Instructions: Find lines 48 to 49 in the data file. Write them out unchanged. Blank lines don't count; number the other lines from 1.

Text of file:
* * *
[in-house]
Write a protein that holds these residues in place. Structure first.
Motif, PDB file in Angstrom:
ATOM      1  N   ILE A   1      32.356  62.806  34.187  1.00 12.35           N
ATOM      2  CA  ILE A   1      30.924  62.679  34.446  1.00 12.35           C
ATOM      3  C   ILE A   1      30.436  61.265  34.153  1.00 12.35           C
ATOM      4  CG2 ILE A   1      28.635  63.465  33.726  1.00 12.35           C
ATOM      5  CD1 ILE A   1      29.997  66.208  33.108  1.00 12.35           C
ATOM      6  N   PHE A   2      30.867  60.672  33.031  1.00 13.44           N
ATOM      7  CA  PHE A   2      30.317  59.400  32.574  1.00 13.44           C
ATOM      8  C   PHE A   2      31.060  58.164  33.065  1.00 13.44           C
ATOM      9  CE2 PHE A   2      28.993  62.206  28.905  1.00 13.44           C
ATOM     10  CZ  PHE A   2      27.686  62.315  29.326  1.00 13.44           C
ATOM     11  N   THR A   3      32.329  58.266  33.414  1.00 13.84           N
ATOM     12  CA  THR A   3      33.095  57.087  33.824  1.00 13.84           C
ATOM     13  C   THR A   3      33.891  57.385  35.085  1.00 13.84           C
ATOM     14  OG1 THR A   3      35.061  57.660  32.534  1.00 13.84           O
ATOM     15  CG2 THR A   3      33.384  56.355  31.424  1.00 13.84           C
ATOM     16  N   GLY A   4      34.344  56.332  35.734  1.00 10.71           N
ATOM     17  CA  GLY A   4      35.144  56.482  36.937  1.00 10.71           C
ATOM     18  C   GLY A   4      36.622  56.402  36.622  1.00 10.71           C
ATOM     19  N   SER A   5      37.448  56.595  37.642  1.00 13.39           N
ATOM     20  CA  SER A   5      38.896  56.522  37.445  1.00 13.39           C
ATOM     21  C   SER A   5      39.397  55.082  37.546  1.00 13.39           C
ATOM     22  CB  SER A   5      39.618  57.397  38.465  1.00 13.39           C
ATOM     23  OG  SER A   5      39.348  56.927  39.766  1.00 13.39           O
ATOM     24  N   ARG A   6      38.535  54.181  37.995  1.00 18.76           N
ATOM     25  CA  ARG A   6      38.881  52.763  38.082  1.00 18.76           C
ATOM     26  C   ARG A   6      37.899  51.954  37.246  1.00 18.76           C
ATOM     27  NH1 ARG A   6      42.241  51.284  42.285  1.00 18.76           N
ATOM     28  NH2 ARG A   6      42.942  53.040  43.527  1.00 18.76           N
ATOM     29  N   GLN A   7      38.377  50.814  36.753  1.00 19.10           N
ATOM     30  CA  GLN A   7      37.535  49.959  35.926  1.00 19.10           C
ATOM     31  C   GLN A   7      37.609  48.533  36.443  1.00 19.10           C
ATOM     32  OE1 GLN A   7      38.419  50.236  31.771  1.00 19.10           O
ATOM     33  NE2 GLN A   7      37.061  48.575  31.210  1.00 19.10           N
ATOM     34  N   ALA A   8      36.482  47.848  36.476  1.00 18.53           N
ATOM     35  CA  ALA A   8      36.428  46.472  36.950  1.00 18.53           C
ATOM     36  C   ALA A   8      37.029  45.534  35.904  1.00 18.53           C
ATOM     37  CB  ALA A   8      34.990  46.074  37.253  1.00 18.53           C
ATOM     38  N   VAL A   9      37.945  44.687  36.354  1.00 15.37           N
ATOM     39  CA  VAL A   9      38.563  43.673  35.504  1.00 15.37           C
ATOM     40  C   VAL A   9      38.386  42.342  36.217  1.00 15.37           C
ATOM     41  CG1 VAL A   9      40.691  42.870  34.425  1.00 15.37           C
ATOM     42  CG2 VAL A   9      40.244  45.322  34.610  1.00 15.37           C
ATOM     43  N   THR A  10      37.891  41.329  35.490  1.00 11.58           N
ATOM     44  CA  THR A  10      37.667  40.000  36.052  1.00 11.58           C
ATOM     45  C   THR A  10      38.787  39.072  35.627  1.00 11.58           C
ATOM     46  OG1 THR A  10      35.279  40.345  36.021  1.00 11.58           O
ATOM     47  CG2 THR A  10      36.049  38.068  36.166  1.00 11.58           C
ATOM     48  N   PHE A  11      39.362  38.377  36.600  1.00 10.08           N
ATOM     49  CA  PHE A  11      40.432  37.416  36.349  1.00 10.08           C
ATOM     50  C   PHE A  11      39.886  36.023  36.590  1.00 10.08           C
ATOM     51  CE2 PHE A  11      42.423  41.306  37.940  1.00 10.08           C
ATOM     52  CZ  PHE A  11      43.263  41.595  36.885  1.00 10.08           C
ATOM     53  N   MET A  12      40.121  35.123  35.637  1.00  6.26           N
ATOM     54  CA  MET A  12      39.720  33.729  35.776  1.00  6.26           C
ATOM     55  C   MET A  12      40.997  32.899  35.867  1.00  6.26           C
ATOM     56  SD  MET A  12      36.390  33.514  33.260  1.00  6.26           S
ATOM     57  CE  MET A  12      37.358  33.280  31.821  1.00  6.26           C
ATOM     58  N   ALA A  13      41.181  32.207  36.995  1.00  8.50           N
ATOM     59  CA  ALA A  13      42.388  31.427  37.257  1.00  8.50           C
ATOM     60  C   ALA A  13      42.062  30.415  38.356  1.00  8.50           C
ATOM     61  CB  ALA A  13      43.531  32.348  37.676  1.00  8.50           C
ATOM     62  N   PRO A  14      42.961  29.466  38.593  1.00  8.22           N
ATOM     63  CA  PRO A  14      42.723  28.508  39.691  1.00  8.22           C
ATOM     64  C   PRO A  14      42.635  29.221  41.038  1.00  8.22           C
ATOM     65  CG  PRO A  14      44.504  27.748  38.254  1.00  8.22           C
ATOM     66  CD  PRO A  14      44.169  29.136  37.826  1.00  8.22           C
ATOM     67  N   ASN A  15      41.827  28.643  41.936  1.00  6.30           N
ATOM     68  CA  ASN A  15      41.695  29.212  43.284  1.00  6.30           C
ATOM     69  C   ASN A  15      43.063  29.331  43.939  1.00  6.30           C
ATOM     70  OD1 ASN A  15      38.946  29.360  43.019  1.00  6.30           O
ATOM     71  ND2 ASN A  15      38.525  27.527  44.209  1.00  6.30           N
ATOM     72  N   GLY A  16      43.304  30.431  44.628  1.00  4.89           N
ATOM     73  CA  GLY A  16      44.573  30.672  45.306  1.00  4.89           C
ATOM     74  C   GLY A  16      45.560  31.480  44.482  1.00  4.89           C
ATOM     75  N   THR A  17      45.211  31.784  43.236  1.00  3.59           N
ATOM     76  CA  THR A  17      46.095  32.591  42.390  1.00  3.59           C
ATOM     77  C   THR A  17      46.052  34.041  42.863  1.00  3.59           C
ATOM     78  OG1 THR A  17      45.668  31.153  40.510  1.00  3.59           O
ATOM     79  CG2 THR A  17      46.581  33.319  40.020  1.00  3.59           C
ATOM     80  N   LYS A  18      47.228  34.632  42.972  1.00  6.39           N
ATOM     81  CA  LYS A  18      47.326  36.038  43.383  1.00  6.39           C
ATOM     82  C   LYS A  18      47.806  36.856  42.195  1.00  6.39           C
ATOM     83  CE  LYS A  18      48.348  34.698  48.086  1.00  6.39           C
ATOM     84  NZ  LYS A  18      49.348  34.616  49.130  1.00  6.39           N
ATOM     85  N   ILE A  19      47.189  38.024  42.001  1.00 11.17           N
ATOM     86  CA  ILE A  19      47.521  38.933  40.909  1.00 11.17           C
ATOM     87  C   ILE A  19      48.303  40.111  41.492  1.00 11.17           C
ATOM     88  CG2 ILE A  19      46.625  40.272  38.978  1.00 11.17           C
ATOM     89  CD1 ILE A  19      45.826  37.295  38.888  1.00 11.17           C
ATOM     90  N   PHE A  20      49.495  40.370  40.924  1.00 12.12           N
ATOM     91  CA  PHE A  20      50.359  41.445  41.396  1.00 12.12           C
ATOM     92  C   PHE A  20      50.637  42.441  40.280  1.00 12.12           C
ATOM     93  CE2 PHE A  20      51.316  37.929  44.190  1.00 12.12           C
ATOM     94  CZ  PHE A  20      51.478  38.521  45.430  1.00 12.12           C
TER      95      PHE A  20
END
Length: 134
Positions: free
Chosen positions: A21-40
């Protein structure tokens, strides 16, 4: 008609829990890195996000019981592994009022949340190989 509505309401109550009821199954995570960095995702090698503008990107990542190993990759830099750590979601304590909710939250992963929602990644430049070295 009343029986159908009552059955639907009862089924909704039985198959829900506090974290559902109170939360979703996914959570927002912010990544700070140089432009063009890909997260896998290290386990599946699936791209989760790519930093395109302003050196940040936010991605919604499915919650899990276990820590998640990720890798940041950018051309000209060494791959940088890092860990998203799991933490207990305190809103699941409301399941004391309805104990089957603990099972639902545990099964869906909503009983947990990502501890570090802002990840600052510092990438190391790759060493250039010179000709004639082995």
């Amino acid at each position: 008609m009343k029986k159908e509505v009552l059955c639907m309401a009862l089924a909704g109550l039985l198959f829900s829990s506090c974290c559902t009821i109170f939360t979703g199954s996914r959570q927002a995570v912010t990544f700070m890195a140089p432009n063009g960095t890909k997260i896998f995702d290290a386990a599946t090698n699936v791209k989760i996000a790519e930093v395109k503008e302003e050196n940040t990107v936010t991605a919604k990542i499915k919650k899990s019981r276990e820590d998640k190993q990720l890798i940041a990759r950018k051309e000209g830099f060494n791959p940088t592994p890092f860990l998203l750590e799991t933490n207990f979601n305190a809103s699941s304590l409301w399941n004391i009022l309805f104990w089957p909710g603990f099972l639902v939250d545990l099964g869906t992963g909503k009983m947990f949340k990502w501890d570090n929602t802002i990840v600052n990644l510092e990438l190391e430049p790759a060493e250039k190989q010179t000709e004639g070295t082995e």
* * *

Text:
ATOM     45  C   THR A  10      38.787  39.072  35.627  1.00 11.58           C
ATOM     46  OG1 THR A  10      35.279  40.345  36.021  1.00 11.58           O